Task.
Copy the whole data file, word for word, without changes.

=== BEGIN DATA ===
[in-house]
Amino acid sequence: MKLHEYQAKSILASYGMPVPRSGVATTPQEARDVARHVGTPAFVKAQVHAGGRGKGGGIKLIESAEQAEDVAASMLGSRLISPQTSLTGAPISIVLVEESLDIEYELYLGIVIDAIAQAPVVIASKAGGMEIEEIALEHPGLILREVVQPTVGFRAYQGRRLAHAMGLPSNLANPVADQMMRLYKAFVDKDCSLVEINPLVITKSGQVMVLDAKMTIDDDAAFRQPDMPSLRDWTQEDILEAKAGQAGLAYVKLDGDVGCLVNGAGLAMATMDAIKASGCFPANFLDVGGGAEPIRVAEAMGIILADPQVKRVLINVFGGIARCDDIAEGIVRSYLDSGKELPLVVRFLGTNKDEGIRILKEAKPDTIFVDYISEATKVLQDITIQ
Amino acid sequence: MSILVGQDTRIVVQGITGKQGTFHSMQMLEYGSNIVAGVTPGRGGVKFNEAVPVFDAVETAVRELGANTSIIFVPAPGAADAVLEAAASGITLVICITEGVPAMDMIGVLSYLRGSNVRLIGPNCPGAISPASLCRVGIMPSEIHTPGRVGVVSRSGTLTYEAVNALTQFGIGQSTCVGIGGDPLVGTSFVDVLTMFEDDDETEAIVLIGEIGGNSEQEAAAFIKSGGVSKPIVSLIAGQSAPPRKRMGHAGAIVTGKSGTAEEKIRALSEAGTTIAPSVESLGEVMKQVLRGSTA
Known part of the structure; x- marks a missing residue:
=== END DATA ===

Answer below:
[in-house]
Amino acid sequence: MKLHEYQAKSILASYGMPVPRSGVATTPQEARDVARHVGTPAFVKAQVHAGGRGKGGGIKLIESAEQAEDVAASMLGSRLISPQTSLTGAPISIVLVEESLDIEYELYLGIVIDAIAQAPVVIASKAGGMEIEEIALEHPGLILREVVQPTVGFRAYQGRRLAHAMGLPSNLANPVADQMMRLYKAFVDKDCSLVEINPLVITKSGQVMVLDAKMTIDDDAAFRQPDMPSLRDWTQEDILEAKAGQAGLAYVKLDGDVGCLVNGAGLAMATMDAIKASGCFPANFLDVGGGAEPIRVAEAMGIILADPQVKRVLINVFGGIARCDDIAEGIVRSYLDSGKELPLVVRFLGTNKDEGIRILKEAKPDTIFVDYISEATKVLQDITIQ
Amino acid sequence: MSILVGQDTRIVVQGITGKQGTFHSMQMLEYGSNIVAGVTPGRGGVKFNEAVPVFDAVETAVRELGANTSIIFVPAPGAADAVLEAAASGITLVICITEGVPAMDMIGVLSYLRGSNVRLIGPNCPGAISPASLCRVGIMPSEIHTPGRVGVVSRSGTLTYEAVNALTQFGIGQSTCVGIGGDPLVGTSFVDVLTMFEDDDETEAIVLIGEIGGNSEQEAAAFIKSGGVSKPIVSLIAGQSAPPRKRMGHAGAIVTGKSGTAEEKIRALSEAGTTIAPSVESLGEVMKQVLRGSTA
Known part of the structure; x- marks a missing residue: